INDIANAPOLIS (WISH) — The 44.1 inches of snow dumped on Central Indiana this winter means a lot of salt has been dumped on city streets. But what happens when that all thaws?
Salt on the roads is literally a lifesaver for Indiana drivers. The U.S. uses 22 million tons of road salt, but it doesn’t just disappear when the snow melts. Consider all of this salt eventually flowing into rivers and streams in Central Indiana.
Scientists say road salt can kill trees, but some researchers in Maine say the acidity of the water can get so high it mimics the effects of acid rain. Researchers at Indiana University in Bloomington did a study and found it’s toxic for some species.
“That species is susceptible to mortality due to the runoff of the road salt,” said Todd Royer, associate professor at IU’s School of Public and Environmental Affairs. “It could include fish, but primarily we would be interested in insects and other invertebrates. They tend to be more sensitive to chloride than the fish. But of course, they are the food items for the fish so they are obviously related.”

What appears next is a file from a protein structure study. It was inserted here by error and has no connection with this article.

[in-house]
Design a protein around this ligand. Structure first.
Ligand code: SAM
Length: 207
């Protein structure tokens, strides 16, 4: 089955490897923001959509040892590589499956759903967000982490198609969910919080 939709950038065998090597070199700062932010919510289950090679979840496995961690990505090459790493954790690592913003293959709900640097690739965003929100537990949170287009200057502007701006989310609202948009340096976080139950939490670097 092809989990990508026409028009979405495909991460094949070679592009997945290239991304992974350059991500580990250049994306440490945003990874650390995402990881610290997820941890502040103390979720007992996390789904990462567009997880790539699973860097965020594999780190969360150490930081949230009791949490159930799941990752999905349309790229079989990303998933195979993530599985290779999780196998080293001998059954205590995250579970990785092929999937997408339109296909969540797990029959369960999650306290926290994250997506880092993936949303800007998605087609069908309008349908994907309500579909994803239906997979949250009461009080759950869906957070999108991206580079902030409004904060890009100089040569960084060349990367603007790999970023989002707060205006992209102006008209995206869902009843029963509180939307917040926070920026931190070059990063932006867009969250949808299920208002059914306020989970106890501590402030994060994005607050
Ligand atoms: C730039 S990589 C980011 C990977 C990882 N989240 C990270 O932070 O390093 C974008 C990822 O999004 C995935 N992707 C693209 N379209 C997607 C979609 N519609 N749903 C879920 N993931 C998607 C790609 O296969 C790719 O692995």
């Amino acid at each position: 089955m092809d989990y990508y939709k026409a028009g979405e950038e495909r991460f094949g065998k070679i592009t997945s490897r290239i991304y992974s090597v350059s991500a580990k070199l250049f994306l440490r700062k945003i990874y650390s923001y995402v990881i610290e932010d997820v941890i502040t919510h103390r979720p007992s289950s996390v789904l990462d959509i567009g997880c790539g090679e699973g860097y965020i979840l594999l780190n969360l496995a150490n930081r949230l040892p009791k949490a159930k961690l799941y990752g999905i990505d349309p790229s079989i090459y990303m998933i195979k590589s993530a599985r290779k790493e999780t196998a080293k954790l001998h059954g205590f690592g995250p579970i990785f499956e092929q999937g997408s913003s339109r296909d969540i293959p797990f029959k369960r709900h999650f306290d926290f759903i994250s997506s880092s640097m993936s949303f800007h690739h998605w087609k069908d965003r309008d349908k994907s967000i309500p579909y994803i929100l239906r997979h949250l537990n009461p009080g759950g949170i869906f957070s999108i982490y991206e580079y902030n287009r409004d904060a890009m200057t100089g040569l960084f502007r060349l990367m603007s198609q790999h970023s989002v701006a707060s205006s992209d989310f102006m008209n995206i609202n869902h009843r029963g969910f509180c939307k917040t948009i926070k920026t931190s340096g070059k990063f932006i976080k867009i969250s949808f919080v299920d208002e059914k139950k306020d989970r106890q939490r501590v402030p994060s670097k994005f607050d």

One alternative is beet juice. It doesn’t melt the ice. Carbohydrates in the beet juice help prevent ice from bonding to the road to begin with.
Muncie uses beet juice, in part, because the combination of salt and sand can clog the waste water treatment plant, officials there told I-Team 8. Supporters say beet juice means less salt damaging roads, rivers and cars.
The Indiana Department of Environmental Management confirms to I-Team 8 they don’t test waters for road salt runoff.
In Wisconsin, they’re spreading cheese on the roads — sort of. It’s the cheese brine, mixing the dairy waste with rock salt to cut costs and pollution. The cheese-coated streets bring concerns in the pilot program that started in December. Milwaukee officials are looking at whether a faint odor of cheese would bother residents and whether it would it attract rodents.